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Boar taint vaccination: no impact on behaviour

The behaviour of male pigs, vaccinated against boar taint, does not create extra problems in the fattening period, when compared to surgically castrated pigs.

The study into fattenening pigs was published in Applied Animal Behaviour Science.

In the Austrian/German research, carried out by scientists from the University of Veterinary Medicine Vienna, the University of Leipzig, a veterinary practice and Pfizer Animal Health, the male vaccinated pigs were housed in single sex groups of 12 individuals – and their behaviour was compared to conventionally castrated pigs, without the use of anaesthetics.

The two-shot vaccine, containing a gonadotropin releasing factor (GnRF), suppresses the development of the hormones androsthenone and skatole, both identified as the major causes for the development of boar taint in pigs. The vaccine is produced and marketed as Improvac.

Data collection
Data collection took place in a commercial German fattening unit. Each treatment comprised eight groups of 12 pigs. Data on postures were scored from 24-hour videos recorded in every week of the fattening period (16 weeks) using scan sampling with five minute intervals.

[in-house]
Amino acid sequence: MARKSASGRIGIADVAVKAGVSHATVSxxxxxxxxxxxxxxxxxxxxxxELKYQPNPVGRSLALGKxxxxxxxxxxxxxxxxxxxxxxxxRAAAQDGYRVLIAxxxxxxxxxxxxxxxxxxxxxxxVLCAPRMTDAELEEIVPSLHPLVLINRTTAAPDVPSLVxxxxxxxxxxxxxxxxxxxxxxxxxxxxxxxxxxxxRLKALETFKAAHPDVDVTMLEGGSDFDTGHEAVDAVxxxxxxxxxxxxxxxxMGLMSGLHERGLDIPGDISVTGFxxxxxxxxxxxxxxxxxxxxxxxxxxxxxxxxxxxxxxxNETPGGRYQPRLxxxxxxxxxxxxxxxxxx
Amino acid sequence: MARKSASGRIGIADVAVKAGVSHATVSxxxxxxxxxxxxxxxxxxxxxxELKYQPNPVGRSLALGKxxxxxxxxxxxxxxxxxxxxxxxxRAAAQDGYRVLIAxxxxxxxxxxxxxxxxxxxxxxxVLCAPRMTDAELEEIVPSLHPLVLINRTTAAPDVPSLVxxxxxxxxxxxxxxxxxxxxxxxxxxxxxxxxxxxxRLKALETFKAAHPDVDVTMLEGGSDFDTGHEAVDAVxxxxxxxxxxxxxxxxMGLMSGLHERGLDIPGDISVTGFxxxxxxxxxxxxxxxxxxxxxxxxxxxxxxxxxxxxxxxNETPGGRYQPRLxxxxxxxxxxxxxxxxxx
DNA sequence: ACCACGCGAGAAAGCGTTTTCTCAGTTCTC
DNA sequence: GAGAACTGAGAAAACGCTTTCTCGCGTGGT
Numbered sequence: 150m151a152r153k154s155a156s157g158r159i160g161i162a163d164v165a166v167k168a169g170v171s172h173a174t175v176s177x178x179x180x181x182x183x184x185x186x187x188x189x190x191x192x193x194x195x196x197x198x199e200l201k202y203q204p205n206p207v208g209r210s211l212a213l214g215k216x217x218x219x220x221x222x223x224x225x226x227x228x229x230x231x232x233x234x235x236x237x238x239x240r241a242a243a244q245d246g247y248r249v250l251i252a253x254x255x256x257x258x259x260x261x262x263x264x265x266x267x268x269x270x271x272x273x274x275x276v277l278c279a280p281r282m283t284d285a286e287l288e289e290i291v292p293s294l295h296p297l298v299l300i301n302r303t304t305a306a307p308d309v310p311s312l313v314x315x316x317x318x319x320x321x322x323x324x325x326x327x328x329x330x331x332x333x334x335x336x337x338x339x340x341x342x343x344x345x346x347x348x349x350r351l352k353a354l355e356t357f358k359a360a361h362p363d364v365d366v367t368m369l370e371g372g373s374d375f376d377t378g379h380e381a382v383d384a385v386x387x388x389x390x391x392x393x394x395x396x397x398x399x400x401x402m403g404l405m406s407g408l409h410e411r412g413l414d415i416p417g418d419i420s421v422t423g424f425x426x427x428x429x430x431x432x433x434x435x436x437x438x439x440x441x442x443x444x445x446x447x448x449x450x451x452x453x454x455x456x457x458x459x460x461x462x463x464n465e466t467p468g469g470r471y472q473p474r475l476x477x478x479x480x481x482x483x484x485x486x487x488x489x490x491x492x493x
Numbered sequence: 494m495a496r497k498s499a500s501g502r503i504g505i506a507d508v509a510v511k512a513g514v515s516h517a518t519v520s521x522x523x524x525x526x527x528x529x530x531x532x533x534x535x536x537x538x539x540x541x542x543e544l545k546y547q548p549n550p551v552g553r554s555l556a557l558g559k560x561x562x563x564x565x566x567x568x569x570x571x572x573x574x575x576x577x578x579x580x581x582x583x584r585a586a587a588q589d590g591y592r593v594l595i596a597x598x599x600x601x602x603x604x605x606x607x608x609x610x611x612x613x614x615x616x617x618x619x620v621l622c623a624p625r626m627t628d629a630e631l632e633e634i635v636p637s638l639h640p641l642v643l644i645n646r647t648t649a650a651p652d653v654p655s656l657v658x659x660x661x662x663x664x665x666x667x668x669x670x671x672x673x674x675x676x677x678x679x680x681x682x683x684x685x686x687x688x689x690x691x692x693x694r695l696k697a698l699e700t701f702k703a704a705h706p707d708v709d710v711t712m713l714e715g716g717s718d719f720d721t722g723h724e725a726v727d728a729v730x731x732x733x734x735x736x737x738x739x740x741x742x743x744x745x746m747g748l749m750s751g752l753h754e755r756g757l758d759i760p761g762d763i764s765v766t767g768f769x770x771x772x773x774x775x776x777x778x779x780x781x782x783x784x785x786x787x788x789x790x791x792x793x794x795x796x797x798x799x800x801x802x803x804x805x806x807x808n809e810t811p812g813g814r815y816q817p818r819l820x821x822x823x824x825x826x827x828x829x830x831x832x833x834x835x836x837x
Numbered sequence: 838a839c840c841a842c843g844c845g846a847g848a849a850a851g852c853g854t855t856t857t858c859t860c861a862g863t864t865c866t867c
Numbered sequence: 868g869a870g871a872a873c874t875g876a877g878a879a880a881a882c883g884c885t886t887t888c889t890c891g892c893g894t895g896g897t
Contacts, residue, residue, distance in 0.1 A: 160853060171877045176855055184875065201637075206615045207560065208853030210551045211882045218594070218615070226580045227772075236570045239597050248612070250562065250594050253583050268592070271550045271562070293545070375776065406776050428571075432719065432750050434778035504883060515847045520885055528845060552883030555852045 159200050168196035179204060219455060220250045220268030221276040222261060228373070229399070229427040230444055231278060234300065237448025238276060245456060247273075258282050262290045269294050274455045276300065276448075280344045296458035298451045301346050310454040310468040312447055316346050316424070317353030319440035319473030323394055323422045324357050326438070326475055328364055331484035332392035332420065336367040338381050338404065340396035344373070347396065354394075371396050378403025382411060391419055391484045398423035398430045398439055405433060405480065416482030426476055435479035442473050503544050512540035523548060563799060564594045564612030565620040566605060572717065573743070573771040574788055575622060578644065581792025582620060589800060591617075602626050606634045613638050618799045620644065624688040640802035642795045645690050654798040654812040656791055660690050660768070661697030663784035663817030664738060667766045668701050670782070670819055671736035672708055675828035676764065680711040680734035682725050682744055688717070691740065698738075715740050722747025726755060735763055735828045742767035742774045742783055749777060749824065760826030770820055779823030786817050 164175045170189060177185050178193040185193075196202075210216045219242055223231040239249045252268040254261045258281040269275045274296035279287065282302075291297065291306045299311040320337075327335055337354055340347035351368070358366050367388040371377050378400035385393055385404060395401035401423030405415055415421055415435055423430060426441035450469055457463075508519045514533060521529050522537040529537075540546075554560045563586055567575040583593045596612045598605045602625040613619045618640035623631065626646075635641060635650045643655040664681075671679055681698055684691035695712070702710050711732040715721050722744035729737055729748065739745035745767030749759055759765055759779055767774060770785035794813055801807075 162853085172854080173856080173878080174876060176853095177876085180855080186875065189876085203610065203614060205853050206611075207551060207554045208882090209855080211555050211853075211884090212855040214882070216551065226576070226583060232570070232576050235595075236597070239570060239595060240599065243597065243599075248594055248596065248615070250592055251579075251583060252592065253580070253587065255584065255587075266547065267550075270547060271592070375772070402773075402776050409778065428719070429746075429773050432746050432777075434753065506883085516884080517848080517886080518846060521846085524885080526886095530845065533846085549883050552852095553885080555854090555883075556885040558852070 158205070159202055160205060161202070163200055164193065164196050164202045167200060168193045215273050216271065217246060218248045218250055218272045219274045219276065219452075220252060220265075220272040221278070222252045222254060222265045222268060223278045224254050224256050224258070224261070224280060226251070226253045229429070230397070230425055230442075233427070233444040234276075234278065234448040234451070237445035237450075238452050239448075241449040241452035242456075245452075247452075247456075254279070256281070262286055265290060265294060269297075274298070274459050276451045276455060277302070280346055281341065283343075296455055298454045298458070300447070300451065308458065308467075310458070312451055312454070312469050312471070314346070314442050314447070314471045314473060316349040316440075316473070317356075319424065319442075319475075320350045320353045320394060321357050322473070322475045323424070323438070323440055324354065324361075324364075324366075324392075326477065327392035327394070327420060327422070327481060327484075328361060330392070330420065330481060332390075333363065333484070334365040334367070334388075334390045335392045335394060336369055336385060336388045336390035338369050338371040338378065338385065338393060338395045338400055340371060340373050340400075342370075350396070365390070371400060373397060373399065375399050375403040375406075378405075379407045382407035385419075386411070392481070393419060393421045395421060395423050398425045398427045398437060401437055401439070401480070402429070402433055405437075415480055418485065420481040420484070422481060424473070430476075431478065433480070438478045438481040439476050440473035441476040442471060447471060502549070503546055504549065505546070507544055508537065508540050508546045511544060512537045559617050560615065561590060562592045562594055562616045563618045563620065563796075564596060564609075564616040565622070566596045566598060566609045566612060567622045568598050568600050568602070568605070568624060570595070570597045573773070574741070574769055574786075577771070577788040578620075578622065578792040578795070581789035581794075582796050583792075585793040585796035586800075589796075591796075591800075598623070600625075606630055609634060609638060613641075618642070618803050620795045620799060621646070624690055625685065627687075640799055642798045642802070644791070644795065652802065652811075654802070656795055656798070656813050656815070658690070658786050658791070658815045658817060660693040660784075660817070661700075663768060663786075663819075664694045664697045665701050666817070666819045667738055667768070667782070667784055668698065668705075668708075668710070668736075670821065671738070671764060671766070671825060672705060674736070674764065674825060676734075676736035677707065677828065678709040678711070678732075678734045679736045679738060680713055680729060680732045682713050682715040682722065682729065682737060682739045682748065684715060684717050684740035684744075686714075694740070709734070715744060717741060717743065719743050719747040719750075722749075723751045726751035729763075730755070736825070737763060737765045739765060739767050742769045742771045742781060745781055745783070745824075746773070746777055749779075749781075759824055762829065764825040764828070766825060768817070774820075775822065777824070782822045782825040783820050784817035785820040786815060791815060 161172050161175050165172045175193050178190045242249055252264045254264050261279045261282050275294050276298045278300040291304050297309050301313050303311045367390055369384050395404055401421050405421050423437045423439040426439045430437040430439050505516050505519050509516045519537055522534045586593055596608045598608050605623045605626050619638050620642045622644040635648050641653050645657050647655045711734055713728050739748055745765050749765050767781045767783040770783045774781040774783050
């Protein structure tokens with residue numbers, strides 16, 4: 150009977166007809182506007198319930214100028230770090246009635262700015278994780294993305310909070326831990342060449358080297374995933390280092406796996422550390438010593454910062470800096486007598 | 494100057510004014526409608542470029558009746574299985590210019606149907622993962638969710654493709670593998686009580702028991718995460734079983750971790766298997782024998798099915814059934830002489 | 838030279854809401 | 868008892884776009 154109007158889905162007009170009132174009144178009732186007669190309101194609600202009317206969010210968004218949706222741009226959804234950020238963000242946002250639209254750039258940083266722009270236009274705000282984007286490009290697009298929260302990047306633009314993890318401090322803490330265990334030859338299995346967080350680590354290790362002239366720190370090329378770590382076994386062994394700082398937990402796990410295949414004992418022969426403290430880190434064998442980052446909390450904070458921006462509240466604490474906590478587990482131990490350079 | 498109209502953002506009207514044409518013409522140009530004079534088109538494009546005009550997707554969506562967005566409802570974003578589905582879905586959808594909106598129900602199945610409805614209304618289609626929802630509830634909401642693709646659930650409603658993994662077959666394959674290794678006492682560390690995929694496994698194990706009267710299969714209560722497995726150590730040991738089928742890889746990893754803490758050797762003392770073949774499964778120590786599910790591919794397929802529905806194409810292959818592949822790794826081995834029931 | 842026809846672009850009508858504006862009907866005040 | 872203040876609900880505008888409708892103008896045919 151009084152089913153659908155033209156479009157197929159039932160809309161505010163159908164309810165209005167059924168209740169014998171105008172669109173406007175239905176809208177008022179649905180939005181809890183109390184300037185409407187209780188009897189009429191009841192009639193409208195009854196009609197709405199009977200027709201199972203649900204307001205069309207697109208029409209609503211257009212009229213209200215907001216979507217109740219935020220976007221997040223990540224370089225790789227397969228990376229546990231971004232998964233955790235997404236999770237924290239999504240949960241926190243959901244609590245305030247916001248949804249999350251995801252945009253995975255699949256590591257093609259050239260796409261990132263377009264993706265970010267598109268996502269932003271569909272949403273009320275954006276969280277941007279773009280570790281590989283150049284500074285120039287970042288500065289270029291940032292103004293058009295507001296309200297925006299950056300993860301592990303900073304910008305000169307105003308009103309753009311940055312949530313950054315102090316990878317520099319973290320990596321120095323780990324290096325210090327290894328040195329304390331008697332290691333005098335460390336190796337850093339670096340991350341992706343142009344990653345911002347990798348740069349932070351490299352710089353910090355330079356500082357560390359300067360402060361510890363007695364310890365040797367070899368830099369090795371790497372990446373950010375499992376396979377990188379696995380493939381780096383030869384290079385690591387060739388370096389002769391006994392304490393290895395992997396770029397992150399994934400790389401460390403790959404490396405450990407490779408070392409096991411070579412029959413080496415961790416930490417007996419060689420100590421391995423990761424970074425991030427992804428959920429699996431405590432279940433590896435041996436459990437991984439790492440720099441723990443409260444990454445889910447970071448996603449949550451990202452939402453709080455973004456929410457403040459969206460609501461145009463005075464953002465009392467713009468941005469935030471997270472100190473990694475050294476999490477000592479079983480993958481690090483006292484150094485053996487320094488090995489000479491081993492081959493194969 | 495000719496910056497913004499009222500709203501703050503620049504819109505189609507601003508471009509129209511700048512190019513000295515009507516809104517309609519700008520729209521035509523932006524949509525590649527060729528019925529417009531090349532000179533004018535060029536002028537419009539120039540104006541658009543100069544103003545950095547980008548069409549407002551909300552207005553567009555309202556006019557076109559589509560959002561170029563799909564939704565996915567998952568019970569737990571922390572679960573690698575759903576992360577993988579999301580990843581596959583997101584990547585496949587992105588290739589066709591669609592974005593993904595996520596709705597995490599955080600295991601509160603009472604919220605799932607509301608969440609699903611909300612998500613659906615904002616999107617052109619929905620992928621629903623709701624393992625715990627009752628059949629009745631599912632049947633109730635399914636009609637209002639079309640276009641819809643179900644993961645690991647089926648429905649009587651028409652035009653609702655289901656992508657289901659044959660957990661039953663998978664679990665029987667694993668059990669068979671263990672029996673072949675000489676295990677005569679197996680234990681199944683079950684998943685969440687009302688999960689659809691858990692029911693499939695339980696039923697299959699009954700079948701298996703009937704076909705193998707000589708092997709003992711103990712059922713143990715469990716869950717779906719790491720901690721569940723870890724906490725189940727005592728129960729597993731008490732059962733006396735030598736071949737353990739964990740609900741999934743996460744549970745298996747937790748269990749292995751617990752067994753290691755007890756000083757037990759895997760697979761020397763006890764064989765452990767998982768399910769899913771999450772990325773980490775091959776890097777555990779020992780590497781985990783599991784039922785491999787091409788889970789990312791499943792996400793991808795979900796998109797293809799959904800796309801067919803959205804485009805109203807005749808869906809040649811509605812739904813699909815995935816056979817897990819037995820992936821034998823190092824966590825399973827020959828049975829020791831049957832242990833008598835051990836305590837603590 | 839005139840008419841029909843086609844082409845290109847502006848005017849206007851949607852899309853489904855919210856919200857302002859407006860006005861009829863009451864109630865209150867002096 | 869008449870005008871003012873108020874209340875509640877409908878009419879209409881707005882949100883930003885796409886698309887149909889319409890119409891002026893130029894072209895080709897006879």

Social behaviour was analysed in weeks 2, 4, 6, 8, 10, 12, 14, 15 and 16 by continuous behaviour recording of focus animals in four blocks of two hours phased evenly during the day. Overall, during the whole fattening period, vaccinates were more active than surgical castrates, indicated by a higher proportion of pigs standing.

Significant decrease
Vaccinated animals showed a significant decrease in standing and an increase of sitting and lying after the second vaccination. No significant effects of treatment on the total number of agonistic interactions and on biting and fighting were found.

In the vaccinated group, the prevalence of aggressive behaviours decreased after the second vaccination, which was not found in the group with non-castrated animals during the same period.

Vaccinated animals showed a higher level of mounting behaviour compared with non-vaccinated animals, but on a very low level. Treatment had no effect on the prevalence of play behaviour and manipulating of penmates.

Related websites:
• Applied Animal Behaviour Science
• Pfizer Animal Health 
• University of Veterinary Medicine Vienna
• University of Leipzig

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